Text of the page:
DRM and the internet of things
DRM books are just the tip of a very large iceberg. Virtually every week tech blogs such as Techdirt and BoingBoing report on how the internet of things means DRM is rapidly embedding itself in our daily lives.
At best, the spread of DRM is annoying and harmful to consumer choice. For example, Keurig used DRM in the embedded software of its coffee maker to prevent users from using coffee capsules made by other companies. Similarly, there was a public outcry last year when Philip issued a software update to its ‘Hue’ smart lighting system, which overnight prevented compatible non-Philips lightbulbs users purchased from working with the system.
At its worst, DRM poses a growing risk to our health and personal safety. Due to the legal penalties for breaking DRM on software, security researchers were reluctant to report concerns over the potential for hackers to take control of cars via their embedded software systems. Similarly, restrictions on examining car software meant it was more difficult for researchers to spot the problems at VW which resulted in the global scandal over falsified diesel emissions results.
With connected devices becoming the norm, it looks as though DRM is going to be more and more part of our lives unless we stand together and take action. Please support the fight against DRM and help make sure a good few more people know about International Day Against DRM in 2017.
We’ll be holding our next meetup on Wednesday 20 April at Birmingham Open Media and we’d love it if you could join us and get involved!
Following on from well-attended practical session on protecting your online privacy and security, we’ll be introducing you to some amazing software packages and tools which you are completely free and legal for you to download.
All the software we’ll be introducing you to will be free and open source. Free software is software that gives you the user the freedom to share, study and modify it. That means it not only costs you nothing to use it (free as in beer), but gives you the right to make changes and contribute improvements (free as in freedom).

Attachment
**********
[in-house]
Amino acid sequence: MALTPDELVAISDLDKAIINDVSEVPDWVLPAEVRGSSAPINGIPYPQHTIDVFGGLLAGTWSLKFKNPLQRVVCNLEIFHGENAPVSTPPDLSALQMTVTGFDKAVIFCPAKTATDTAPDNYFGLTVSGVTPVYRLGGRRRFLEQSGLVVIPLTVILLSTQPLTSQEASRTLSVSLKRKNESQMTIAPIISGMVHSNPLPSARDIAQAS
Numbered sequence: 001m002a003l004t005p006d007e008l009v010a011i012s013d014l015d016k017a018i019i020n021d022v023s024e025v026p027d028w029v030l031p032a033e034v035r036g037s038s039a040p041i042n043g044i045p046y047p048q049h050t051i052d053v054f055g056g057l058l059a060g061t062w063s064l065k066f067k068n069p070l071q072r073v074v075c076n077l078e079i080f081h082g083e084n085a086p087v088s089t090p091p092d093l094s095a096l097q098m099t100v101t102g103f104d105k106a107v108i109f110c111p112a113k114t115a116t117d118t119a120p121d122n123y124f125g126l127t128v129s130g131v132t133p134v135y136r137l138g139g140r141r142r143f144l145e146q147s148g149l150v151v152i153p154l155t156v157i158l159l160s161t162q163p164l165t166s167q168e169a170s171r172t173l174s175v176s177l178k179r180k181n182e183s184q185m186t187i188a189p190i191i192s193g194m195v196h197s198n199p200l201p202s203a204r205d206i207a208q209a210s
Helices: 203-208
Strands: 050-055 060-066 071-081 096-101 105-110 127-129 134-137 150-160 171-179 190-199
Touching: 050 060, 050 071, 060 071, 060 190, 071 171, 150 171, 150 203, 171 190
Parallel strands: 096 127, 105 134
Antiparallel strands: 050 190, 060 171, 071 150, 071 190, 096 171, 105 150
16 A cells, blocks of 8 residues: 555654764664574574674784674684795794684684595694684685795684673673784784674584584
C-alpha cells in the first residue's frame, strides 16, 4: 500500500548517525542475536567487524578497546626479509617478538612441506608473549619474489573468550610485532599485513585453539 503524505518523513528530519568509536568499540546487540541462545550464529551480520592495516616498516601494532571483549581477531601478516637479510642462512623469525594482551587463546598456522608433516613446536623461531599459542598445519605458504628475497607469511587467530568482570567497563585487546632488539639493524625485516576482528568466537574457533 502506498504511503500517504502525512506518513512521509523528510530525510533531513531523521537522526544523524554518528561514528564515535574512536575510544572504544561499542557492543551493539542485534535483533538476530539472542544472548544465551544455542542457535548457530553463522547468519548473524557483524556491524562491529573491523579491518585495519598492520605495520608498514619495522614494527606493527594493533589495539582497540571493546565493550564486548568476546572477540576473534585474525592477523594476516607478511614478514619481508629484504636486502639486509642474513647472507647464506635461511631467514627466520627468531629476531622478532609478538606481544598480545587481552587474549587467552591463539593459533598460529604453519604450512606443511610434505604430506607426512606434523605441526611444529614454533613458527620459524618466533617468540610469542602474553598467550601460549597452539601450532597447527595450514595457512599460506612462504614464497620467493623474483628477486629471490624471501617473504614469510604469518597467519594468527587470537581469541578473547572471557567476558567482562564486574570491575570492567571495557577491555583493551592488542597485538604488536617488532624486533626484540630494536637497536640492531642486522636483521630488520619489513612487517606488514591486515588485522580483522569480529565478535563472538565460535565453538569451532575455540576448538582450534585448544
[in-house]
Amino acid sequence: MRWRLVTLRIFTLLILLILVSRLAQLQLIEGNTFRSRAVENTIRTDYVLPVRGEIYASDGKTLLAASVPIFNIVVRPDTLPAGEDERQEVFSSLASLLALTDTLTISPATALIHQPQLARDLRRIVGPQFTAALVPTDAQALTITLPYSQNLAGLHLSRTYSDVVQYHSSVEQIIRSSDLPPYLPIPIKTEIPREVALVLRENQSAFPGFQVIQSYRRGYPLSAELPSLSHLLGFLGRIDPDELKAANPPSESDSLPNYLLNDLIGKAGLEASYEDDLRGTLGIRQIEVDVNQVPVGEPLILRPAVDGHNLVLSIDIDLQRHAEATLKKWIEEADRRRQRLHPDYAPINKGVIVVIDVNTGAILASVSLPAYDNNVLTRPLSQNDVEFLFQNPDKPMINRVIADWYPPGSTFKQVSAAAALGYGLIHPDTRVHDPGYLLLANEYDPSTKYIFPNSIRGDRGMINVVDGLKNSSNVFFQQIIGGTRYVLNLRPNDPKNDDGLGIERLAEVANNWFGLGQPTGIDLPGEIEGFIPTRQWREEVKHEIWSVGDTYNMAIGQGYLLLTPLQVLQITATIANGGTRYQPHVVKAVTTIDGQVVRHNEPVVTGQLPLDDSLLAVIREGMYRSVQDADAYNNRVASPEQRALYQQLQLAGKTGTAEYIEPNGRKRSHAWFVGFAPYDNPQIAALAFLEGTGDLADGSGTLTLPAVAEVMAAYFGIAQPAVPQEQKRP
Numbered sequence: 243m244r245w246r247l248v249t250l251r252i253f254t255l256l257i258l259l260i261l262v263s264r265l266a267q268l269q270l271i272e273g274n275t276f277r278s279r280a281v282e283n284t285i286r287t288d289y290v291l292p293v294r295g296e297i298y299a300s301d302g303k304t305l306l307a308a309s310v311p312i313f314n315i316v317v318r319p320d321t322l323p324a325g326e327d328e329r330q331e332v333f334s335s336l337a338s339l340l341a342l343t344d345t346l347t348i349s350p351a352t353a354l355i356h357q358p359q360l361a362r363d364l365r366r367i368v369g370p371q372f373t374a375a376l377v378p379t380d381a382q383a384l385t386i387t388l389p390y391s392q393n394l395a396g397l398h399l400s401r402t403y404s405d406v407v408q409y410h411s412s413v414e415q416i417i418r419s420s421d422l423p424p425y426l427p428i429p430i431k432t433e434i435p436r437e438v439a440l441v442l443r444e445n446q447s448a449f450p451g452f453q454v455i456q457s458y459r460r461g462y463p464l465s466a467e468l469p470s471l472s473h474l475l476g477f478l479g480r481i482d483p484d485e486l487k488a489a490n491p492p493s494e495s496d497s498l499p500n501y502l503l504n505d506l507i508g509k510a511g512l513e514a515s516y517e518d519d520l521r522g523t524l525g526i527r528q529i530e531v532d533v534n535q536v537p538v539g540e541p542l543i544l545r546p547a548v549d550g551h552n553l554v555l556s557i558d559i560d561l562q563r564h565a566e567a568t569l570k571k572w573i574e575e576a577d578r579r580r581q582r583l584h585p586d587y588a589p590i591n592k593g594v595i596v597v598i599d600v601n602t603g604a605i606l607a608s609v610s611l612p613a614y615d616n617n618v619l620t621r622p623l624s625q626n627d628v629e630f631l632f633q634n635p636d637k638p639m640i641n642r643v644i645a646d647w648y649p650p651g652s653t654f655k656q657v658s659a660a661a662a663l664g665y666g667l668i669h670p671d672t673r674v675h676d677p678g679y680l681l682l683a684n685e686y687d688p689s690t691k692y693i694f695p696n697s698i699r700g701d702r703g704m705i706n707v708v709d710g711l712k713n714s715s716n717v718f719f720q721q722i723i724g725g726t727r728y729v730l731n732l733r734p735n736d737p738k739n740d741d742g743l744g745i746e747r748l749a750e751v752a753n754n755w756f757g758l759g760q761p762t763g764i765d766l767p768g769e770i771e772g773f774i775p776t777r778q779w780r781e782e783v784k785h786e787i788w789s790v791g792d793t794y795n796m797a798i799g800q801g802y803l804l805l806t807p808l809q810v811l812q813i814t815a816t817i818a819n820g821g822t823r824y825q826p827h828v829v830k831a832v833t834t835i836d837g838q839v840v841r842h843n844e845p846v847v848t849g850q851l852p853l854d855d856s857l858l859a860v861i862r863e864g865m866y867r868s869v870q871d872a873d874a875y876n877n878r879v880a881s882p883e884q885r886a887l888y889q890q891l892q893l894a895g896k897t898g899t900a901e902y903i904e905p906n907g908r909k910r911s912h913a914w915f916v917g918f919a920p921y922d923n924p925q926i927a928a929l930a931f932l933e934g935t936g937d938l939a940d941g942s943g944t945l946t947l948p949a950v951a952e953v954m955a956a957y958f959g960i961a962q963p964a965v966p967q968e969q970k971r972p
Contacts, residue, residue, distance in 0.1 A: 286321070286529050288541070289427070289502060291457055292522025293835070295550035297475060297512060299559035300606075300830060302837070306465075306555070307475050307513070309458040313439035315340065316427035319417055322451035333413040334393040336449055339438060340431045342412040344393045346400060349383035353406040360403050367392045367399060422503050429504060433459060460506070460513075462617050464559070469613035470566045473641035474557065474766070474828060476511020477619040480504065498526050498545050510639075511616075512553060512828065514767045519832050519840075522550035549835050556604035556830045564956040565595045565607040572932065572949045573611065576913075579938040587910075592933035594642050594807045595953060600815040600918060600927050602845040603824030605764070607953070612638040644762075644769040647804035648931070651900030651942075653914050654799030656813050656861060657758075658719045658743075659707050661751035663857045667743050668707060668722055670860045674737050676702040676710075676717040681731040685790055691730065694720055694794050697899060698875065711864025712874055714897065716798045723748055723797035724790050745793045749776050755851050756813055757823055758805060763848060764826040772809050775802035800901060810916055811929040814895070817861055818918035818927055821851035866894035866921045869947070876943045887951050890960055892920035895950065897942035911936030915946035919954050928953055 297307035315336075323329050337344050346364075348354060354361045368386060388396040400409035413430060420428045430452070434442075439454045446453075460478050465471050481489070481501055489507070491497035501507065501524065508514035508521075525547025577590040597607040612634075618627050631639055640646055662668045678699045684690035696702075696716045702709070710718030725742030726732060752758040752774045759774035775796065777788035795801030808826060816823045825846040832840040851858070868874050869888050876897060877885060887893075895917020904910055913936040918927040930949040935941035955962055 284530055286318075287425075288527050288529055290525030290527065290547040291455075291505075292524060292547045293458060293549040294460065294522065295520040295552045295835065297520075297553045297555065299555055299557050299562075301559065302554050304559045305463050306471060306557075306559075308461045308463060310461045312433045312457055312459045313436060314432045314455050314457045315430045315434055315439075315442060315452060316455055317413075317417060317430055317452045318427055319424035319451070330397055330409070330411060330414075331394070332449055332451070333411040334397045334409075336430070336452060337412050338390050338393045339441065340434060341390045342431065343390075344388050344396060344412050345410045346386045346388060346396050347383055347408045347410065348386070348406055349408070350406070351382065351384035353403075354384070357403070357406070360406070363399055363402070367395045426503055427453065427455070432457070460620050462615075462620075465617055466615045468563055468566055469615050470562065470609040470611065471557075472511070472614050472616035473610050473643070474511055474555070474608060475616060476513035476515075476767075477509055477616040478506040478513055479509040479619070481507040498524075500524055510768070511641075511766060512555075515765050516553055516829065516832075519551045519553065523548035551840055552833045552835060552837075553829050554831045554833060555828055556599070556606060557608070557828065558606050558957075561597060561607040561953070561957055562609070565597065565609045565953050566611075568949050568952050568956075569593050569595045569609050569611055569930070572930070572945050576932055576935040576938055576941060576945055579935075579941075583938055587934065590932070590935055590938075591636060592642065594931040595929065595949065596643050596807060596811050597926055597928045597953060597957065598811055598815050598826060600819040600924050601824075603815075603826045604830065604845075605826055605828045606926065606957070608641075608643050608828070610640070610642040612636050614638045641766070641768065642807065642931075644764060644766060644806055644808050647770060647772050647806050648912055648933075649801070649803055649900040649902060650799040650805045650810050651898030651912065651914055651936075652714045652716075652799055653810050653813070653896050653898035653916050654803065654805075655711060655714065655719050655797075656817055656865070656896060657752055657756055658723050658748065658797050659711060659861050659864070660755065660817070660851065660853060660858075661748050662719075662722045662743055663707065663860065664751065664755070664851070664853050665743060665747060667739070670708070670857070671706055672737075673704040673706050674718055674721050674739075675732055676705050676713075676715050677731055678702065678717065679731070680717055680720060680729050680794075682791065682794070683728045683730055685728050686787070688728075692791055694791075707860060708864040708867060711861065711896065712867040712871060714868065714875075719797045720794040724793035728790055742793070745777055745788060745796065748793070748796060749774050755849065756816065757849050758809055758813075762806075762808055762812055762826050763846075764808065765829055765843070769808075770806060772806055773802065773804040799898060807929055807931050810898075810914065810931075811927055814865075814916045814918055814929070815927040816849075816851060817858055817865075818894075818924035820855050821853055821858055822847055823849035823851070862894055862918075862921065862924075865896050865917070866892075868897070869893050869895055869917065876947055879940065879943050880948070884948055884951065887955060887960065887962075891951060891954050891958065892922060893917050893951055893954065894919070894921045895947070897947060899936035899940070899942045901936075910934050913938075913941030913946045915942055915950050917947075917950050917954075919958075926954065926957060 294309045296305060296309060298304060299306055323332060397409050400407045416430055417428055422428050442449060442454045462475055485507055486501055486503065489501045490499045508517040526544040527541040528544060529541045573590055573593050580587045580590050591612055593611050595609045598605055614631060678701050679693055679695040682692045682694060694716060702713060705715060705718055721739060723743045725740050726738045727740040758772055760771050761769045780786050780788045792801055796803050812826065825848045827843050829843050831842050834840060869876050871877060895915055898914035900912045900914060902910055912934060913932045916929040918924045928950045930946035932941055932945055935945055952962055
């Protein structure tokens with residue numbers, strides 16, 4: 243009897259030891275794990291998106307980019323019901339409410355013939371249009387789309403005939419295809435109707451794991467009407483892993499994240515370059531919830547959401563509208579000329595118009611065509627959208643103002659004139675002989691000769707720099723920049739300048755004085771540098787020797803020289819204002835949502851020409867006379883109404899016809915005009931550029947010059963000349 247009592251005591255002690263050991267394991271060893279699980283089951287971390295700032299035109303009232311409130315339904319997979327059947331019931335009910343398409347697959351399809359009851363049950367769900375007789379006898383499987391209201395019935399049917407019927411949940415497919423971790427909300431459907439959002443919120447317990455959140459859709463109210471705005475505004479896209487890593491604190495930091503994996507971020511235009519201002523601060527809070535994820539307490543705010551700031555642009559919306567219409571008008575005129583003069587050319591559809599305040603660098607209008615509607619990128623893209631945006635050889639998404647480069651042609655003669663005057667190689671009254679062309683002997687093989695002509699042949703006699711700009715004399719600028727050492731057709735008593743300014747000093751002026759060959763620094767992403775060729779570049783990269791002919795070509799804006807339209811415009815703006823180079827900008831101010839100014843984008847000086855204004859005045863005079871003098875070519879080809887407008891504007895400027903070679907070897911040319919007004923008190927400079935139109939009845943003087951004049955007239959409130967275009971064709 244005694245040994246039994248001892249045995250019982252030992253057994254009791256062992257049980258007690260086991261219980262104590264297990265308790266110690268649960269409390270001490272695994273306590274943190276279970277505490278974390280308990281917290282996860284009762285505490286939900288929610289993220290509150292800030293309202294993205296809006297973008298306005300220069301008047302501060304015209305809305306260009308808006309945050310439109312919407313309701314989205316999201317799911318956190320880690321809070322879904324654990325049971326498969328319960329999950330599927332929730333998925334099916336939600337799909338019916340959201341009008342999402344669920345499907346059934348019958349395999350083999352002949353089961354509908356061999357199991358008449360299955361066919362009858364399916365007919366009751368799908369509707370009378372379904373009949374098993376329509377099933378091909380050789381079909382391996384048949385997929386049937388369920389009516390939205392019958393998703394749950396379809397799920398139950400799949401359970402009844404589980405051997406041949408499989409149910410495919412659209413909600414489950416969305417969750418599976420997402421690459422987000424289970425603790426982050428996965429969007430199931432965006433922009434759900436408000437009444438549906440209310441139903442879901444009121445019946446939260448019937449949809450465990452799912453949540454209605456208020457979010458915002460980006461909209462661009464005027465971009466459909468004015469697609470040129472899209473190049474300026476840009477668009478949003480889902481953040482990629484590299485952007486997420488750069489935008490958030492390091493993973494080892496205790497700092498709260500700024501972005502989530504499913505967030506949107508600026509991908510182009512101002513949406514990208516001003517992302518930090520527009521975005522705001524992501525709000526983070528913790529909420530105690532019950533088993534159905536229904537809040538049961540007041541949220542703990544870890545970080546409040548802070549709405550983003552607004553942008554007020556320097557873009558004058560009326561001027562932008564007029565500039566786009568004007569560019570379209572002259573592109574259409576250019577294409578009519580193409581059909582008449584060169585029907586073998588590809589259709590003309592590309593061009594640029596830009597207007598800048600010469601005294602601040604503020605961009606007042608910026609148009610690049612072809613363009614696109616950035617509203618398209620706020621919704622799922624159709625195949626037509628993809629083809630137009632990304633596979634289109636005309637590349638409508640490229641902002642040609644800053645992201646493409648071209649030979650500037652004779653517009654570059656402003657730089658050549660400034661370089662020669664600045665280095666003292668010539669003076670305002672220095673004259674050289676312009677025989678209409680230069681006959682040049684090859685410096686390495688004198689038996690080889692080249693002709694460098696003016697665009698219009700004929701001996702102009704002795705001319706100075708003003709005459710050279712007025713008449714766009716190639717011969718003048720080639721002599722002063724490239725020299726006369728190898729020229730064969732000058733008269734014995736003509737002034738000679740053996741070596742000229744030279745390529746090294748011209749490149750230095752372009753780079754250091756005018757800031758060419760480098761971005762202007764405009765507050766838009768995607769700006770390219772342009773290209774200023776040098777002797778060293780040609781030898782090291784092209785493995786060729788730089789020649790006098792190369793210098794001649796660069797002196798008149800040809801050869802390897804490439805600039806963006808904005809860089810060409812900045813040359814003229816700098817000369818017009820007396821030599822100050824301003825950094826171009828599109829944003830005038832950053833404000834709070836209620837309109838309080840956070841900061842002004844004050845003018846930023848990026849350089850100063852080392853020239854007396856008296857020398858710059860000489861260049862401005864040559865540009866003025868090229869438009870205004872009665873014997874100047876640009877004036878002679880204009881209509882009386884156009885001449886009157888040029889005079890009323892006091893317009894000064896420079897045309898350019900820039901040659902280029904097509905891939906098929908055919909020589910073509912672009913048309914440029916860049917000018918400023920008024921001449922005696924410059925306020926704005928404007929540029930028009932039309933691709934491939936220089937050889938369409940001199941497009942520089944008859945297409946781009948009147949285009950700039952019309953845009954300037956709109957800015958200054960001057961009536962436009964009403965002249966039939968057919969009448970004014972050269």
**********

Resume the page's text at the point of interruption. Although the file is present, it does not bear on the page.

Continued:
Free software and digital rights
As well as helping people access to software they would not otherwise be able to afford, free and open source software is really to protecting our privacy, security and human rights online. Because anyone can study and modify the software code, it is easier to spot and fix security bugs. And because no single company controls the software, it is harder for governments to forces companies to spy on their users as in the recent FBI versus Apple court case.
You can find out more about free software on the Free Software Foundation website.
You should come to this meetup if:
- You need software such as Adobe Photoshop or Microsoft Office for work or education but can’t afford the licence. GIMP is a high quality free alternative to Photoshop while LibreOffice can replace MS Office.
- Your laptop is a good few years old and is struggling to run Windows. The open source Ubuntu operating system could breathe new life into your computer.
- You’re worried about how much control Facebook, Google and Apple have over digital and want to find viable alternatives such as Firefox web browser and Signal private messenger.
Don’t forget to bring your laptop/tablet/smartphone with you so that we can try out rather than just talk about software!
We look forward to seeing you on Wednesday 20 April.
Thank you to everyone who was able to join us last Wednesday at Birmingham Open Media for our creative workshop to raise.
We had a fun evening making memes and other visual materials designed to raise public awareness of the government’s plans to push ahead with its controversial new surveillance bill, officially known as the Investigatory Powers Bill but better understood as a Snooper’s Charter.
The idea behind the evening was
You can read a write-up of the event and see the artwork we created over on Birmingham Open Media’s website.
We hoped creating memes and other visuals would help more people understand what’s at the stake if the Snooper’s Charter becomes law. Speaking in parliament the day before our meetup, My local MP Steve McCabe (@steve_mccabe) summed things up quite nicely, saying that if the bill is passed in its current form “we will be the envy of states such as North Korea, China and Iran“.
I’m pleased to report we have had a good reaction so far to our artwork on Twitter, with people re-tweeting and liking our creations and sharing their own.